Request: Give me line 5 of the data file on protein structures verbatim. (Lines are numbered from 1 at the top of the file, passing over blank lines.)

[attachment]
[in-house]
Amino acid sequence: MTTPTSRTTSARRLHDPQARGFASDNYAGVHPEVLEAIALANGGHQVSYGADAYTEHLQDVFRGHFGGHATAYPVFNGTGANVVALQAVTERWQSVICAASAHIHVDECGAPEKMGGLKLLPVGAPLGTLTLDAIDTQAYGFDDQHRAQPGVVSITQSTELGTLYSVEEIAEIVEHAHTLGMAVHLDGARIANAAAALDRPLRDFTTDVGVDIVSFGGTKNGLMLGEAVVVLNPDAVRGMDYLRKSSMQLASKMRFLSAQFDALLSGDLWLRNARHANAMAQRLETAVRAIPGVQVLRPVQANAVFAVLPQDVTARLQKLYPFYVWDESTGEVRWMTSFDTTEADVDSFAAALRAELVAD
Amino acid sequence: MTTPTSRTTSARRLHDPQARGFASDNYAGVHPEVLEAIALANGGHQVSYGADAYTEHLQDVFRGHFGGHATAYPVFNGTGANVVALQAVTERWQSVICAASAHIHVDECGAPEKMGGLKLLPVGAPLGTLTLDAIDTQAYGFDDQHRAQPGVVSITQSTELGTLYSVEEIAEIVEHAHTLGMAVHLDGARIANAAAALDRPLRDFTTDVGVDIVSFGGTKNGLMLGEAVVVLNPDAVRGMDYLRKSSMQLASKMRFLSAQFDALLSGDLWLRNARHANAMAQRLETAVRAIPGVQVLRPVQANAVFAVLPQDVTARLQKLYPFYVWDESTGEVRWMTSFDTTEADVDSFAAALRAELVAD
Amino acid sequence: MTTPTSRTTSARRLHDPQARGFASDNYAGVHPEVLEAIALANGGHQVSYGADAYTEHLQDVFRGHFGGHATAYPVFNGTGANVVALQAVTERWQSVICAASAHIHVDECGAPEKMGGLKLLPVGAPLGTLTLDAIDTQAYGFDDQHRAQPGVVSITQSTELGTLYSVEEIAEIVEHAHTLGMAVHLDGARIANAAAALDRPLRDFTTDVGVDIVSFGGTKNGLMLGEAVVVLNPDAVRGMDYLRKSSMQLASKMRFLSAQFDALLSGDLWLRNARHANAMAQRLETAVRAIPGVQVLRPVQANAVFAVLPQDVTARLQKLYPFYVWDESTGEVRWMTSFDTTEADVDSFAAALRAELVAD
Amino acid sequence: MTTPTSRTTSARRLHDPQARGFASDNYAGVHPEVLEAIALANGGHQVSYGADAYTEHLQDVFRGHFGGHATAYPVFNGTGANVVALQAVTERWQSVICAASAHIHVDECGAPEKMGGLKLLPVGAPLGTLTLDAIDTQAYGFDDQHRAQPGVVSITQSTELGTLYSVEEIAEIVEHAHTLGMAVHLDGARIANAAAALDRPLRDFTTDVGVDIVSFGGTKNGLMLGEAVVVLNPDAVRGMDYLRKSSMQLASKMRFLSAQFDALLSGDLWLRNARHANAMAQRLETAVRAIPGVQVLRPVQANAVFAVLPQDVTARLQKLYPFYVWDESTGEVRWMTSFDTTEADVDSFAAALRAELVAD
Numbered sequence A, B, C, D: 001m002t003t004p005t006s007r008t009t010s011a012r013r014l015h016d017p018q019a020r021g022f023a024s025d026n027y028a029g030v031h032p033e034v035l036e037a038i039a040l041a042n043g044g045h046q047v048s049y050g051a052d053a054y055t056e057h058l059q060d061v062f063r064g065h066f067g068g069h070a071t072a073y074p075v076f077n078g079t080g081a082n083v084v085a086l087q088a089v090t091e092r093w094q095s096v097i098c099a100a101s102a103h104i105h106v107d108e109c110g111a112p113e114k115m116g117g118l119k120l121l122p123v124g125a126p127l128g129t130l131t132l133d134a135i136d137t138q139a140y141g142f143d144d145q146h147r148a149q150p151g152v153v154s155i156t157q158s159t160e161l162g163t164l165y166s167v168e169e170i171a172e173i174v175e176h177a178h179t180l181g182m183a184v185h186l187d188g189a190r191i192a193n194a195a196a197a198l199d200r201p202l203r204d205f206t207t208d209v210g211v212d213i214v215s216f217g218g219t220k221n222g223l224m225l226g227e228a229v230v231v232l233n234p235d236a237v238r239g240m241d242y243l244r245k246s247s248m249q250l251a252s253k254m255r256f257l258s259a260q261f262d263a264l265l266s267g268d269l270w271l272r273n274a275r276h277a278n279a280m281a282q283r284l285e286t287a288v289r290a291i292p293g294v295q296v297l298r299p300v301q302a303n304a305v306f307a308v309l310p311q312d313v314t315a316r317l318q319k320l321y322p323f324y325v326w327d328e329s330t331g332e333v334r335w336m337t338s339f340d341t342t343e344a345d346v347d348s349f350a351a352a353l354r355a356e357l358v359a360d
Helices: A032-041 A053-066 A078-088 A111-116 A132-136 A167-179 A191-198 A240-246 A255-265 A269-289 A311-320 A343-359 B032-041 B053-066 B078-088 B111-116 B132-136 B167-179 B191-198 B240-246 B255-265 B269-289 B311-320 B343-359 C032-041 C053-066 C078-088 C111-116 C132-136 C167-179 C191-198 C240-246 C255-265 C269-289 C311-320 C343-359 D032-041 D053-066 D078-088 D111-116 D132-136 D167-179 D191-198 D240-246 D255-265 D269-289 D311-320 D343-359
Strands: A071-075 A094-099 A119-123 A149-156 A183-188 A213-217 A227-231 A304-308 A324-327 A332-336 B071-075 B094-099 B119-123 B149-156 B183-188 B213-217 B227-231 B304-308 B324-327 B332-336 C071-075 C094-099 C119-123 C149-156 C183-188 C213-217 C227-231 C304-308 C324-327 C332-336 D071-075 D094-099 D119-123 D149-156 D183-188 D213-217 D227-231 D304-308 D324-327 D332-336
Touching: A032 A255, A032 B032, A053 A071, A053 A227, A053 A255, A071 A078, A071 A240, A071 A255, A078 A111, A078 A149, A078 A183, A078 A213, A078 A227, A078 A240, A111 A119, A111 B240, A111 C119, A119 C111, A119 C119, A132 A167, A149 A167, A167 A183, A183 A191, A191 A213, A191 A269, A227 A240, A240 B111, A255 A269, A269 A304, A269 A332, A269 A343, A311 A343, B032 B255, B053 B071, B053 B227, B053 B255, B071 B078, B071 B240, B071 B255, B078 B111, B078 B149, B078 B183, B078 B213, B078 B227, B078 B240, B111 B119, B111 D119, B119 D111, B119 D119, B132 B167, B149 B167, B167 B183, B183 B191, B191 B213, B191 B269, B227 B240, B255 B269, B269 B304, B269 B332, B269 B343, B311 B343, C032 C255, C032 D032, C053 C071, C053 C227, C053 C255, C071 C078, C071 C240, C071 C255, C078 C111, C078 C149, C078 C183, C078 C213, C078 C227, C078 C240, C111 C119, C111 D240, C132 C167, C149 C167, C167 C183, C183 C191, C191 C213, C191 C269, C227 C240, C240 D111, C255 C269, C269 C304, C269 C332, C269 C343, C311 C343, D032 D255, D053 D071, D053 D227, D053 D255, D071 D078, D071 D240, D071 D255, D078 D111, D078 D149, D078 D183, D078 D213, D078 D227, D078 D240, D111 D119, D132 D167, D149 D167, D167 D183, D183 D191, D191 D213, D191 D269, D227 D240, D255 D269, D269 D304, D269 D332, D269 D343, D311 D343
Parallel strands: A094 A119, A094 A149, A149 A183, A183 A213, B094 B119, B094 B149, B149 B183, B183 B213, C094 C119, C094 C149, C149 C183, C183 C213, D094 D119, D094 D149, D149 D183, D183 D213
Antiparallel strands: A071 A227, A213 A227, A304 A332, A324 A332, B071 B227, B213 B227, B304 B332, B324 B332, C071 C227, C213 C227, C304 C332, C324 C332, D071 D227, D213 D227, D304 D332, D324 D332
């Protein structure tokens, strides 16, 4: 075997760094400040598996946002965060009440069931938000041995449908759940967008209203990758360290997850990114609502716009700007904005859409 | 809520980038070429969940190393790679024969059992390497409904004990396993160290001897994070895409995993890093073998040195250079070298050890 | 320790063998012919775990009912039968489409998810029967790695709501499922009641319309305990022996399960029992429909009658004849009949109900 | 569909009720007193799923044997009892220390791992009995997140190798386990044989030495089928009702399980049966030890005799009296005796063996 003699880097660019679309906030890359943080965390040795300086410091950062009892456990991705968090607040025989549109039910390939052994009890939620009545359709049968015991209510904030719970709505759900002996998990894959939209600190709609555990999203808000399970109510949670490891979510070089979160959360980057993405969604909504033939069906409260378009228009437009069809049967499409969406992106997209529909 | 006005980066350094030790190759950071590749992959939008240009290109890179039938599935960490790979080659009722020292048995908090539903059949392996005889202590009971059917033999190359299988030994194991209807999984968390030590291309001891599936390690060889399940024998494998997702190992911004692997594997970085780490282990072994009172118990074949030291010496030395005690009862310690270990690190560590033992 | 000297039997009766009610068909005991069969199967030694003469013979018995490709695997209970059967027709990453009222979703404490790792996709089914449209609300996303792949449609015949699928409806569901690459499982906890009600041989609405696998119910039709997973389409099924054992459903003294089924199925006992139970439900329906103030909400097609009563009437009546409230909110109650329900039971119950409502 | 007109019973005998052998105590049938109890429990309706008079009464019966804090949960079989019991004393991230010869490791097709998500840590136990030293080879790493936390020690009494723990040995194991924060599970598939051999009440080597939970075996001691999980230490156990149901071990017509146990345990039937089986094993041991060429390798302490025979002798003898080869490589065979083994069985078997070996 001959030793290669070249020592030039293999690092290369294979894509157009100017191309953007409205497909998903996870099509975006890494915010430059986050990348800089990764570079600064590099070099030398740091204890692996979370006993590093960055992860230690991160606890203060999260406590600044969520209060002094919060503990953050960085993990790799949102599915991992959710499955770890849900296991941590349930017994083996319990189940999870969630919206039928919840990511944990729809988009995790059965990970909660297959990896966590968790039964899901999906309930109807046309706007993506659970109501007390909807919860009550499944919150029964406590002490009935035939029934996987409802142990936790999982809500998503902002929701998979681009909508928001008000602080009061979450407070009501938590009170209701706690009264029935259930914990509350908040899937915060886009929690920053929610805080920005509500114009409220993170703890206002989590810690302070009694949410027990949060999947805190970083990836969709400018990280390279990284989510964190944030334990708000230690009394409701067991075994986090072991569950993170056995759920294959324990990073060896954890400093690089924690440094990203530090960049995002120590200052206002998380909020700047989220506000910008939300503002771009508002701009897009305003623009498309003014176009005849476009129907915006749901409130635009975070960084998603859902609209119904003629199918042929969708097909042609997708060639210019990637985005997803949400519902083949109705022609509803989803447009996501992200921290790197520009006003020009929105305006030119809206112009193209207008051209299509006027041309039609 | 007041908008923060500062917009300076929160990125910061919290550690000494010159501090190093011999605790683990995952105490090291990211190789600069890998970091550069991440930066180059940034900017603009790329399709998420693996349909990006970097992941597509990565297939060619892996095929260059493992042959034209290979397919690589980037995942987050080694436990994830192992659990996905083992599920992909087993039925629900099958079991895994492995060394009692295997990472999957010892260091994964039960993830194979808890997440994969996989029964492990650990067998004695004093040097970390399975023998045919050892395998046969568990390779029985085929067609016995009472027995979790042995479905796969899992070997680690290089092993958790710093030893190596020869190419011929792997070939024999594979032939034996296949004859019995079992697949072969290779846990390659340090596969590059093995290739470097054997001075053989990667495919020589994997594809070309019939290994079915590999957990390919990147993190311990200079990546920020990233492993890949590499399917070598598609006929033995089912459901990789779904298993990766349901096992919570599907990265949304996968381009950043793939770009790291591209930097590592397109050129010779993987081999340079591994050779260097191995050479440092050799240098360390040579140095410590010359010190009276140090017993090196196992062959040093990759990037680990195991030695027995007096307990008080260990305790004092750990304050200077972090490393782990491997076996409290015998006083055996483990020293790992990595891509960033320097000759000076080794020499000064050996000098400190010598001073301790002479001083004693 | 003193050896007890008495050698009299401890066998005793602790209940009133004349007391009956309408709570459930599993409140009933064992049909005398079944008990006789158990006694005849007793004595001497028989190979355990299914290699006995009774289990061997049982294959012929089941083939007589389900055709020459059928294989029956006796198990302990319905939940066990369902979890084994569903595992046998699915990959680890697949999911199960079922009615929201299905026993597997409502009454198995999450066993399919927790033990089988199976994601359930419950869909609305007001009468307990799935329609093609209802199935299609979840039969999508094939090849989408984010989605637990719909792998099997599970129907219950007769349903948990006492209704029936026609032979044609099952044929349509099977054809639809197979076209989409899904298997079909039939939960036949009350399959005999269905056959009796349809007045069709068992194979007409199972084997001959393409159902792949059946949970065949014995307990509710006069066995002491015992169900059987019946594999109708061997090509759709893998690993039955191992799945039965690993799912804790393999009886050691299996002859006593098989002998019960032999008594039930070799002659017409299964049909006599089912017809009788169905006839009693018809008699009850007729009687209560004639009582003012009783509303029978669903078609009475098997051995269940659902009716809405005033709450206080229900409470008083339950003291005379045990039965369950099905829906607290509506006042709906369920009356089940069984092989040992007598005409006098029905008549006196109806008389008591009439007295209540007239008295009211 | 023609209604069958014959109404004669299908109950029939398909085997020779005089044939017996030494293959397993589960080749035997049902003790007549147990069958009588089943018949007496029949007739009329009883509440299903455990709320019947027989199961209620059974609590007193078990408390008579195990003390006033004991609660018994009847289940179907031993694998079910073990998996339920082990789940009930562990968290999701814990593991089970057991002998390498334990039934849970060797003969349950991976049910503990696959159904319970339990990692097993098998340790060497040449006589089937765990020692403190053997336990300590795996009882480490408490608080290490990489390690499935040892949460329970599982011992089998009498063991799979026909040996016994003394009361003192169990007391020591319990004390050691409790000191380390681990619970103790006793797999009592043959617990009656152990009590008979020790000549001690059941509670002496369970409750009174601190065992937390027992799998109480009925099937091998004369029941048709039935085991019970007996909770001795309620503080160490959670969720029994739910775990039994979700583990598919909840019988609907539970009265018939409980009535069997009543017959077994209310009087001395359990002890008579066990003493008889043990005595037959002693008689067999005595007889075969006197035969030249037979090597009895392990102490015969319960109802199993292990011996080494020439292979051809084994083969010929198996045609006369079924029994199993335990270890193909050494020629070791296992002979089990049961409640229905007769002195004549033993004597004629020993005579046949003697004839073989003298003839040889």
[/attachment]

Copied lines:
Amino acid sequence: MTTPTSRTTSARRLHDPQARGFASDNYAGVHPEVLEAIALANGGHQVSYGADAYTEHLQDVFRGHFGGHATAYPVFNGTGANVVALQAVTERWQSVICAASAHIHVDECGAPEKMGGLKLLPVGAPLGTLTLDAIDTQAYGFDDQHRAQPGVVSITQSTELGTLYSVEEIAEIVEHAHTLGMAVHLDGARIANAAAALDRPLRDFTTDVGVDIVSFGGTKNGLMLGEAVVVLNPDAVRGMDYLRKSSMQLASKMRFLSAQFDALLSGDLWLRNARHANAMAQRLETAVRAIPGVQVLRPVQANAVFAVLPQDVTARLQKLYPFYVWDESTGEVRWMTSFDTTEADVDSFAAALRAELVAD